An essential place to try this is at its dedicated festival in Tübingen. While a giant vat is prepared, everyone gathers in the central square to watch a film called Die Feuerzangenbowle, where the tradition of the drink partly originates.

But if you want to see something quite spectacular go to Nuremberg’s Christmas markets, where this year the organizers are aiming to take the title of largest feuerzangenbowle in the world through their dedicated Feuerzangenbowle Village. With true German efficiency, giant bowls have been engineered to stay hot with help from central heating company Stiebel Eltron.

4. Snowball — UK

Photo: Rimma Bondarenko/Shutterstock

Archaic rituals aside, one vintage cocktail is making a comeback in the UK. The snowball is traditionally made from mixing advocaat and lemonade. Despite being a British classic, it fell out of favor for a while, but it now seems to be appearing on menus again along with many other popular cocktails from the ‘70s.

Visitors to London this Christmas should head to Covent Garden and visit pop-up bar Miracle. Not only does this Christmas-themed bar make you feel like you’ve stepped into a chalet in the Alps, but you can try a snowball old fashioned made by experts from Experimental Cocktail Club. LINO is another new opening in the Square Mile which is going to offer twists on kitsch favorites including, of course, the snowball.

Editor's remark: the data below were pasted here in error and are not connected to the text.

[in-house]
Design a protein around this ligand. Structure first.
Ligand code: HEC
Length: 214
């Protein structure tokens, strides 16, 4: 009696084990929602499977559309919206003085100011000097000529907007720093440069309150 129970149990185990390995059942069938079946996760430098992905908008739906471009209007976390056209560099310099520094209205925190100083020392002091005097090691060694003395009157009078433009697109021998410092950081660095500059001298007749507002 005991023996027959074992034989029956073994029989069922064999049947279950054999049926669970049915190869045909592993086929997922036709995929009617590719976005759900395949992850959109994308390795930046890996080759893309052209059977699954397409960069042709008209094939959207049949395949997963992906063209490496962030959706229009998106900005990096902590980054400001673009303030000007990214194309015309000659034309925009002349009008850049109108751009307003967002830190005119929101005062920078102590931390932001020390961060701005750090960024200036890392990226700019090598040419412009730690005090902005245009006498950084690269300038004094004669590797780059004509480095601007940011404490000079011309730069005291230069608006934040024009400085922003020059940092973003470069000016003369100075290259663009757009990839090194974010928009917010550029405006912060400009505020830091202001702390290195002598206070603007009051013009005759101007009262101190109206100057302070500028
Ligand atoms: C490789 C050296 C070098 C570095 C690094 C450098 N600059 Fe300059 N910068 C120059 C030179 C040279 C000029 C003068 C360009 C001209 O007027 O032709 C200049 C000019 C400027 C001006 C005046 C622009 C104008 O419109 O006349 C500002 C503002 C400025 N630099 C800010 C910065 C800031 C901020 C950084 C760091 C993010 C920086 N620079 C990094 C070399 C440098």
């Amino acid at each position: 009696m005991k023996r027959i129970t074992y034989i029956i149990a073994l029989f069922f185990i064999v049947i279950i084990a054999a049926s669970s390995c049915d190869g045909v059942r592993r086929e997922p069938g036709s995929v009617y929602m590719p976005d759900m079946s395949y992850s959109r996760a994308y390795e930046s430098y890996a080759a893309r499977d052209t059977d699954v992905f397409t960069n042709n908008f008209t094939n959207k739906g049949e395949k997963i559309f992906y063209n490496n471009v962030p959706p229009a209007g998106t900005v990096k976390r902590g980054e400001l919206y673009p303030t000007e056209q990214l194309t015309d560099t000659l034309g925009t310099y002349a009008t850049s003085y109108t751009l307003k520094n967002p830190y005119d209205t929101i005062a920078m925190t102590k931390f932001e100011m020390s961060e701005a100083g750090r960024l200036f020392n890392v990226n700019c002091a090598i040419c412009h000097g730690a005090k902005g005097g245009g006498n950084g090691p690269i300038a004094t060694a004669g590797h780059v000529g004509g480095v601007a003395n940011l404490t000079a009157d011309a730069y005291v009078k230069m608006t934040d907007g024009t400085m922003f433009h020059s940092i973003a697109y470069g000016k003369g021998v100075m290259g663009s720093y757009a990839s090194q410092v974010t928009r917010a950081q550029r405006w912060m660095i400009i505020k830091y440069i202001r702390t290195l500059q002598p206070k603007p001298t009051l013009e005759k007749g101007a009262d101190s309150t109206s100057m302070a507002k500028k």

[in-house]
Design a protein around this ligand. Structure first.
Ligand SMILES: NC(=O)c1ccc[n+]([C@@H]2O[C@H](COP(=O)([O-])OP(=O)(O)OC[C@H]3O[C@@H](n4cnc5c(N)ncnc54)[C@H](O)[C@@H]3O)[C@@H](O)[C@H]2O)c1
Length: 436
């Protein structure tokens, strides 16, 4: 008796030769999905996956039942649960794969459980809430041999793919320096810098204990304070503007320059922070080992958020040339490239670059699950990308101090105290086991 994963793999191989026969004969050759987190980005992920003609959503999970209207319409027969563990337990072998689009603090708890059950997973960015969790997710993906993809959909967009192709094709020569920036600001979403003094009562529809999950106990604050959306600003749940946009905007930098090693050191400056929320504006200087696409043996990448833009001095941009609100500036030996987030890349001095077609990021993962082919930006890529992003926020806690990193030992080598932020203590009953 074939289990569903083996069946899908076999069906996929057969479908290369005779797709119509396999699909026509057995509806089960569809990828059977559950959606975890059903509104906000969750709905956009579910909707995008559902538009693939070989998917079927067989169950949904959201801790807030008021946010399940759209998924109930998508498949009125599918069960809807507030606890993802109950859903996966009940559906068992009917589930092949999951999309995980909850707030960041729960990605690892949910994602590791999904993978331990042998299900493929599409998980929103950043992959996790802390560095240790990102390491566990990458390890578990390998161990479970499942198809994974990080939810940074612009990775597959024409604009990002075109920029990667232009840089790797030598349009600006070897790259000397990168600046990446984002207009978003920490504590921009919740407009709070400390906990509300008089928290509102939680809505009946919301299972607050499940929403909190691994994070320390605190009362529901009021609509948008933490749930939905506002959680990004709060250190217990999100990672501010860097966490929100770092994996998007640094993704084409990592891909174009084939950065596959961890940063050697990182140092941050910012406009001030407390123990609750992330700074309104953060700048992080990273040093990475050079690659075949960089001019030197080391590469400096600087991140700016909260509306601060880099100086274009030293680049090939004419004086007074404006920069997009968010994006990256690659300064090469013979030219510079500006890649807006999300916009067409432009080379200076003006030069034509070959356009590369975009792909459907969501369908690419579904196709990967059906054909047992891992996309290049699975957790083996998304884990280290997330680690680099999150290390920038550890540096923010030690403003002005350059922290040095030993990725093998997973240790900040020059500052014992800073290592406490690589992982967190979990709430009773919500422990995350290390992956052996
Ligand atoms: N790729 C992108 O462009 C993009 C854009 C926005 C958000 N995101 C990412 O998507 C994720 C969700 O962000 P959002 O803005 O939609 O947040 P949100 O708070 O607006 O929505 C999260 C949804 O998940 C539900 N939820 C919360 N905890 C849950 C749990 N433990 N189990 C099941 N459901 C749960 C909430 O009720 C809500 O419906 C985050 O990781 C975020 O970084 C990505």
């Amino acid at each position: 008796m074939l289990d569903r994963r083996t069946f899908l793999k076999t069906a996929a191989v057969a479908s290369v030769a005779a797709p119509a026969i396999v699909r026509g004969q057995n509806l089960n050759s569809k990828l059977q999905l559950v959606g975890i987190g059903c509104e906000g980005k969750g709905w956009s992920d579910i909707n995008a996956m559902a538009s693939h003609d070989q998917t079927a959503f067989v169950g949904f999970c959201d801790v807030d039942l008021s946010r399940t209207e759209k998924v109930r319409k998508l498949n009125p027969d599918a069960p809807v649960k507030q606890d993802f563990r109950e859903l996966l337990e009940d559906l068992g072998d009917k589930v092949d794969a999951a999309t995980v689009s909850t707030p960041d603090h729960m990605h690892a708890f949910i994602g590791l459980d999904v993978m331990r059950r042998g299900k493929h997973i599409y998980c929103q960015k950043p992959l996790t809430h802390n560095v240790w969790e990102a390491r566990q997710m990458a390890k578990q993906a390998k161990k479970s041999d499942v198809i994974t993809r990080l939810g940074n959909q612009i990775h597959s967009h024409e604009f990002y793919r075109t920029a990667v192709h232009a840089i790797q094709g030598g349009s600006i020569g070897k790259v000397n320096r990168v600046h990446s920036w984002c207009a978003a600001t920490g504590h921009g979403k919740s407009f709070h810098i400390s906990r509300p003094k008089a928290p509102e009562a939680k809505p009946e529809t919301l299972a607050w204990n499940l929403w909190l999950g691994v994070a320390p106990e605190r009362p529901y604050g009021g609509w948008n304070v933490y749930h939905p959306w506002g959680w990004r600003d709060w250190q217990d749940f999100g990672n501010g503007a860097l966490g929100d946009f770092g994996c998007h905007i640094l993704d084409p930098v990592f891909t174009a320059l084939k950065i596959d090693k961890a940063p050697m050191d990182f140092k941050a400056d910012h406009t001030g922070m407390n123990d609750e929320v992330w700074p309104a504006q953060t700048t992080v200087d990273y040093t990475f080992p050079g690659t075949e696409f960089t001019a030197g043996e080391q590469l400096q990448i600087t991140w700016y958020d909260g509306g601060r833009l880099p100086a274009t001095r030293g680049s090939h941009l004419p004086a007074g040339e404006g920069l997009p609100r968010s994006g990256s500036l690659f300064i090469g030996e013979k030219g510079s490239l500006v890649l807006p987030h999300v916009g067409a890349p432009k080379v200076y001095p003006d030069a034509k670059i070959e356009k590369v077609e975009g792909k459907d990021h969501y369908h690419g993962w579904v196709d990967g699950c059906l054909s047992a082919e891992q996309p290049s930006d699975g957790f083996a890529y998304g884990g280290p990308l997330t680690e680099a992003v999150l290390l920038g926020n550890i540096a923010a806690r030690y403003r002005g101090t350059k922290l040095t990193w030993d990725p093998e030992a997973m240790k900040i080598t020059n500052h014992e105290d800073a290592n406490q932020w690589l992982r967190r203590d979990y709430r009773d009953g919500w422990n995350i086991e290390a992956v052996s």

Outside of London and right across the country, the snowball is also popping up on Christmas cocktail menus. George’s Great British Kitchen in Leeds serves British food with a twist, and its snowball has a sprinkling of cinnamon for added warmth. In Liverpool, recently opened Dirrty Doughnuts specializes in alcoholic doughnuts, so naturally, for the holidays, it has a snowball “drunkin doughnut.”

5. Aguonų pienas — Lithuania

Photo: Madeleine Steinbach/Shutterstock

Alcohol may seem a vital part of any Christmas drink, but Lithuania’s traditional festive drink, gauonų pienas, offers a non-alcoholic way to finish off Christmas dinner. It’s usually one of the 12 dishes prepared for Christmas Eve supper, as is tradition in Lithuania. It’s made from poppy seeds softened in hot water for a couple days and crushed, and then sweetened with honey or sugar. It’s used as a dessert, accompanied by kūčiukai, which are little poppy seed biscuits.

The drink is a core part of family Christmas meals, so if you’re interested in actually having it in Lithuania, you better aim for having a traditional Christmas Eve supper with a local family. That said, fish restaurant Žuvinė in Vilnius is hosting a Christmas Eve meal this year. Its menu contains the traditional poppy seed milk and biscuits for dessert.

6. Julmust – Sweden

Photo: Olaf Speier/Shutterstock

Sweden, too, offers some respite from the prolific alcohol consumption with its extremely popular soft drink, julmust. It has a hoppy root beer-like flavor, but the actual recipe is a secret. It’s so popular in the region that Coca-Cola sales drop by around 50 percent over the festive season.

To try julmust when you’re in Sweden, you just need to pop into a supermarket or shop. There are several producers of the drink, but the biggest in Sweden are Nygårda and Apotekarnes. Julmust is hard to find outside of Sweden but, if you’re desperate, try locating the nearest Ikea which often stocks the drink over the Christmas season.